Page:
The Bad:

  • Gunsmith is less focused than the Matthew Mercer Pathfinder conversion. I would not prefer this varient unless additional rules for magical enchantements were added as an arcane gunsmith.

Not sure:

  • The spell list seems limited, not sure that will matter without testing it
  • The companion is great for roleplaying, but suffers in a large boss fight simmilarly to ranger companions etc.

What to add:

  • golemancer, portal jumper or such would be a great archetypes

Review of Dungeon/World Architect Cards

I backed the World Architect Cards on Kickstarter.

The basic shot:
New cards

The quick adventure and region I created from the cards. Details are not listed just to make sure no players see this before it is run.
Map

Quality: Good durable feeling cards

Usability: Using the cards only once, it went fairly well. The options provided do a good job of stimulating the formation of an adventure. It works best when using a variety of dice for randomizing the descriptors, some of the cards have 15 options which is tricky to roll if you are not used to figuring out how to roll unusual numbers on standard sized dice.

The dual sided nature of the cards is tricky as it isn’t just a straight deal of the cards but you have to know which side to use or have a way to pick the side.

Overall: Great value for the cost and it is a fun way to quickly generate a dungeon or region.

Q is for Quick Change

DMsGuildProductLogoLargeIn the A to Z  Challenge I will be describing parts of my fictional world I am starting to use for Roleplaying games. Most of this information is not known by my players, not to hide it from them, but because I think tons about a location that I won’t force them to sit through during gaming sessions.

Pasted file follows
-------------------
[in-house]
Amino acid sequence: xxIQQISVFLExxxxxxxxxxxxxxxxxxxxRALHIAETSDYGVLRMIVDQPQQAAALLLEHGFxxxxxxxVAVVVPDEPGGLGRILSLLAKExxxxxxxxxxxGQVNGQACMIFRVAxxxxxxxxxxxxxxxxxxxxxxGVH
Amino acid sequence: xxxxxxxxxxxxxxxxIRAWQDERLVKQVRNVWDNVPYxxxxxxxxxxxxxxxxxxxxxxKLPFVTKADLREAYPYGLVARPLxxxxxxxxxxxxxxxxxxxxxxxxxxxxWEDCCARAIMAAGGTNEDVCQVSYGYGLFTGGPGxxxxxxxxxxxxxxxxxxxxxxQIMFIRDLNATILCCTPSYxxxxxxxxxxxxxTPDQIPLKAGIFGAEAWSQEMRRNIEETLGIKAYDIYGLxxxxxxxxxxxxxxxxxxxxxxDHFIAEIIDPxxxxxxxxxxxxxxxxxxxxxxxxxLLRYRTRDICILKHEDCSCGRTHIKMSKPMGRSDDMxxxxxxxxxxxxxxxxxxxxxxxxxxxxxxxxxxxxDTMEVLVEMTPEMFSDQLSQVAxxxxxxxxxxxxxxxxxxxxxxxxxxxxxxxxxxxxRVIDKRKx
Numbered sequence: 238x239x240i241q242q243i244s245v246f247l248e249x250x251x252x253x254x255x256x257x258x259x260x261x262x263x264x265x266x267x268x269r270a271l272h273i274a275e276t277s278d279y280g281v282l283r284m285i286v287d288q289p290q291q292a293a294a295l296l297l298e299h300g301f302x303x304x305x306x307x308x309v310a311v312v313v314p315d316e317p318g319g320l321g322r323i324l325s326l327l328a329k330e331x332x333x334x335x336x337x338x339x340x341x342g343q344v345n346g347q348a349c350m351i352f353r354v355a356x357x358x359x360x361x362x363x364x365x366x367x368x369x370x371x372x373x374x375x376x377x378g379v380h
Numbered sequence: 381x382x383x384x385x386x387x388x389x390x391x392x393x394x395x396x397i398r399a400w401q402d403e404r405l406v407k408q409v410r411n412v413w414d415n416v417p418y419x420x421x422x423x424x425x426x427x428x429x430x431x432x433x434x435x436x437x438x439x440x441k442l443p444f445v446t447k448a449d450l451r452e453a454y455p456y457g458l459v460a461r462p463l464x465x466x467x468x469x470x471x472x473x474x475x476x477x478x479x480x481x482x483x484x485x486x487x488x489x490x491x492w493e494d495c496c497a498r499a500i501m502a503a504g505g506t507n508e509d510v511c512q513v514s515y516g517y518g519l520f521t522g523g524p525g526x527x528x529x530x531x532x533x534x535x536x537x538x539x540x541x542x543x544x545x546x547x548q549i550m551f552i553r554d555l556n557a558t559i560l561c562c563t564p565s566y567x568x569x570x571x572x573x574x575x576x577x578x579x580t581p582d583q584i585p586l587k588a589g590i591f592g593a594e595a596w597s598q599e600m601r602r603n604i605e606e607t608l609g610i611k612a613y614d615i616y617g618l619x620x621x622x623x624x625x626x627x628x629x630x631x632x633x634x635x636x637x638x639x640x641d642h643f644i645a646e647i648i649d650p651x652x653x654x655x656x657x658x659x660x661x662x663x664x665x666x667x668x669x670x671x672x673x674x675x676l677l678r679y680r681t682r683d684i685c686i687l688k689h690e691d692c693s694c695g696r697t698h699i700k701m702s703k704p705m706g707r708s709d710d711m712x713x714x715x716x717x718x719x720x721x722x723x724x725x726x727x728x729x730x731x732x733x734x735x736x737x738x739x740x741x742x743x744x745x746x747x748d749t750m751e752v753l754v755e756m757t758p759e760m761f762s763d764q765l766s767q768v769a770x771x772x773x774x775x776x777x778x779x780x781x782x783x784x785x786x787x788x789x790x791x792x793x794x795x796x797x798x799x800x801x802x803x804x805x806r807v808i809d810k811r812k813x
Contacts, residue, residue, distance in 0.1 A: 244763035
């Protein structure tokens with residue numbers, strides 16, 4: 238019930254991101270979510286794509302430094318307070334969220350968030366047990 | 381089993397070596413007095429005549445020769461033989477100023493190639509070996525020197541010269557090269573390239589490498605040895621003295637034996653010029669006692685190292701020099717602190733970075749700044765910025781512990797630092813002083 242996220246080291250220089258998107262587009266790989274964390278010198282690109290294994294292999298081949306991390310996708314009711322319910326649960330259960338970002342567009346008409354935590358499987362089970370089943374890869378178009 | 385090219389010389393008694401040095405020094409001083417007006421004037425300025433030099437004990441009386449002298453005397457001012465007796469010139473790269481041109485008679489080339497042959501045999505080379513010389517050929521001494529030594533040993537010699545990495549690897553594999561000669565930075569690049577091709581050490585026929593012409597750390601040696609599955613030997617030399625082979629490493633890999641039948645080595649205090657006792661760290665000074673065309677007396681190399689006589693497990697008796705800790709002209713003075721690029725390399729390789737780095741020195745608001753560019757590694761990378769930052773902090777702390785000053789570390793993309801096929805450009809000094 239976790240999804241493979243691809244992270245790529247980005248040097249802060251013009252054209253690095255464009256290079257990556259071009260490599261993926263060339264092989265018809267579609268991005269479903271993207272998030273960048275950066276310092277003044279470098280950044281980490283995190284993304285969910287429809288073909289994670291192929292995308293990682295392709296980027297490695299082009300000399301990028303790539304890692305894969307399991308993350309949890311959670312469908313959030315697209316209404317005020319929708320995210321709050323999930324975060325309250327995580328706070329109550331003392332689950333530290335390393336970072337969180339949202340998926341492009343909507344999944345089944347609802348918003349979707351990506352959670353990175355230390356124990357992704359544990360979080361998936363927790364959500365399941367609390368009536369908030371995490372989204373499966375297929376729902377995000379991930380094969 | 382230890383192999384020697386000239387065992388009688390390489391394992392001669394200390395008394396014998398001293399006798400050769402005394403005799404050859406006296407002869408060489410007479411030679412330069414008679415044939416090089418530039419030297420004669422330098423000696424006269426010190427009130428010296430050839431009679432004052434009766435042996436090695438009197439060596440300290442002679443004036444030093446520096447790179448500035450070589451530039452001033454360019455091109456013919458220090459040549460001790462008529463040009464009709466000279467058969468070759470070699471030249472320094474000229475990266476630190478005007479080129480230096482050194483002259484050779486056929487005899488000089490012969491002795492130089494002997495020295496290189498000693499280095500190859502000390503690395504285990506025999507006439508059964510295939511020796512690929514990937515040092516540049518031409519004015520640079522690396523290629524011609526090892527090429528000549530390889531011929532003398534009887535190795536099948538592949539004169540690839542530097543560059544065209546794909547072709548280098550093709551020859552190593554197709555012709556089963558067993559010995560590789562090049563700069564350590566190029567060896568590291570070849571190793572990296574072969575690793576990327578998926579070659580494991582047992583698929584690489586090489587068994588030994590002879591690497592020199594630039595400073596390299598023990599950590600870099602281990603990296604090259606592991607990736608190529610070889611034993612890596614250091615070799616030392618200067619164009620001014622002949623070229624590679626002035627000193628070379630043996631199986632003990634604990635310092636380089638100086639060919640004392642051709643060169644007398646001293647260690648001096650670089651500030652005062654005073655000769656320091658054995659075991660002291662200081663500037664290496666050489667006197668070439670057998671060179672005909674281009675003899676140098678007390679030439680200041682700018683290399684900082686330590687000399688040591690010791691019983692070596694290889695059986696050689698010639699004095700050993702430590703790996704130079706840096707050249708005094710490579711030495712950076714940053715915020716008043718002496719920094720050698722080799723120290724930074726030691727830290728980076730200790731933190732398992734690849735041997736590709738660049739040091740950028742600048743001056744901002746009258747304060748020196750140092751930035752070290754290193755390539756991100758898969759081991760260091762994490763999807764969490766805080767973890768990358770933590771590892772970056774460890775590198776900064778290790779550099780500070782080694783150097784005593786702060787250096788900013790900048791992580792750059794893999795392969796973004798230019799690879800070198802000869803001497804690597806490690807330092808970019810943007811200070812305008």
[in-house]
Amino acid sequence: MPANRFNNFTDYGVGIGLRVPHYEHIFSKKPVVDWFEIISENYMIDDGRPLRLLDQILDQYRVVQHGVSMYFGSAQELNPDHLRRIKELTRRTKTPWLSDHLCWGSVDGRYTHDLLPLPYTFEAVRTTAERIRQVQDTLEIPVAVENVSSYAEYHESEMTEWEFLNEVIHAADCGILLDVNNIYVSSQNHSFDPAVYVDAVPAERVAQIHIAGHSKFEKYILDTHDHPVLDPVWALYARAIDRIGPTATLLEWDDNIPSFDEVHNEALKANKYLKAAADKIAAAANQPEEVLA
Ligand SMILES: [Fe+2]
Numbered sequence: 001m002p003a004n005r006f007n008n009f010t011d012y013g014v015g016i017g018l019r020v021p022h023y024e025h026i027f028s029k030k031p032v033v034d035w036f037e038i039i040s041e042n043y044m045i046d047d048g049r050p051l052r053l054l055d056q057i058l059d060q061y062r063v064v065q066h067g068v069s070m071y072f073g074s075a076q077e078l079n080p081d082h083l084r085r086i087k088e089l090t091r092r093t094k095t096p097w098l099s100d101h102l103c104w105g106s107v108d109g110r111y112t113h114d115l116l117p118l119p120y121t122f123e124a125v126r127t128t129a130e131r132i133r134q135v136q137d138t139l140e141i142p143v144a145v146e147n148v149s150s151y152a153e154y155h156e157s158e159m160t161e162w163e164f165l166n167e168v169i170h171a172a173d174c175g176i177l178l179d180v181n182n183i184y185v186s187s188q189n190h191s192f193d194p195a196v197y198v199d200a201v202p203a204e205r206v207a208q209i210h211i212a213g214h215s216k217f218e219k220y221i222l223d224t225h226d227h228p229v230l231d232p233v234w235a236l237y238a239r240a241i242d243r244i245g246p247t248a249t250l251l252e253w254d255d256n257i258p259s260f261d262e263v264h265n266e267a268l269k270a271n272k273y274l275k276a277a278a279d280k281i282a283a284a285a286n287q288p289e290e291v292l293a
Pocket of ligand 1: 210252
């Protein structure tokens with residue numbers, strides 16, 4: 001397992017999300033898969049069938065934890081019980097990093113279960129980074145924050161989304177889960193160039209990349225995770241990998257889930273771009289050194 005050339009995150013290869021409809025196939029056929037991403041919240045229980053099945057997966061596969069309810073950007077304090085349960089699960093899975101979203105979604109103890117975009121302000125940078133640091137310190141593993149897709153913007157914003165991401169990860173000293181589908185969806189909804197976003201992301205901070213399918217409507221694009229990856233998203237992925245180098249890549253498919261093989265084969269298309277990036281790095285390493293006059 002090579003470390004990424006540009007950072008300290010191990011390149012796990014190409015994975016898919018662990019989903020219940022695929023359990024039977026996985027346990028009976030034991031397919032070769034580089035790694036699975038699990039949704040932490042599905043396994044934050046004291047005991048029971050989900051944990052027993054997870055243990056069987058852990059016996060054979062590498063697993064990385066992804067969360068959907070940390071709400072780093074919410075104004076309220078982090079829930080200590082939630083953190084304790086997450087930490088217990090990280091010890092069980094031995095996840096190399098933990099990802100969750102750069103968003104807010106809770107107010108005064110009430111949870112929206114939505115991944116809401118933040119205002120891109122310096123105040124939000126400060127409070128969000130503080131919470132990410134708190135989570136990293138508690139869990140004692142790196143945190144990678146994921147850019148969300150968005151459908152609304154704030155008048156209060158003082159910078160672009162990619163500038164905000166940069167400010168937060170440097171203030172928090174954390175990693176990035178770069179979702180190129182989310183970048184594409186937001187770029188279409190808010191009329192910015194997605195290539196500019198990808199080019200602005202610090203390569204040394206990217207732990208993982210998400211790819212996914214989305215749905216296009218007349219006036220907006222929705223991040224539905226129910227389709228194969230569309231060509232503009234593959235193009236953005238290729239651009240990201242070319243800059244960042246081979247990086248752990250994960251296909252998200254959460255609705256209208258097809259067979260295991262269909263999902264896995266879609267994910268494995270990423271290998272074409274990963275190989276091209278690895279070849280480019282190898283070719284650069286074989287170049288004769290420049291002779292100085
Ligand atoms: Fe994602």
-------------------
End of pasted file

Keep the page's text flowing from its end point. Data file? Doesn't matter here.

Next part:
In the anime fairy tail there is a very evocative form of magic. It is known as exquip or requip magic. Given the prevalence of dimensional magic in my world, it makes sense to include in my game a character class that can do this.

I was considering making my own, but when I found one on the GMs Guild website It is easier to use what is there.

So this is a review of the Requipper for the 5th edition fighter class by B.A. Morrier

Overall impression:

The sub-class is excellent. Just about everything I agree with thematically and it seems balanced. There are a few pieces I am not sure about how well they balance in actual play as I have not used it to build a character I have actually run through adventures.

Details

The basic ability is to have one stored item per fighter level and that means a maximum of 20 weapons or armors stored. That number seems a decent amount without bein overly difficult. I am glad the author didn’t try to tweak the 3 item attunement requirement, as that would cause a lot of difficulty in the rules as written.

The 7th level ability seems a little odd, at least for the part where you can swap weapons. At 3rd level you can store as a free action and retrieve as a bonus action, so in theory you can already do that. Otherwise it is a good place to introduce the storing of armors and outfits.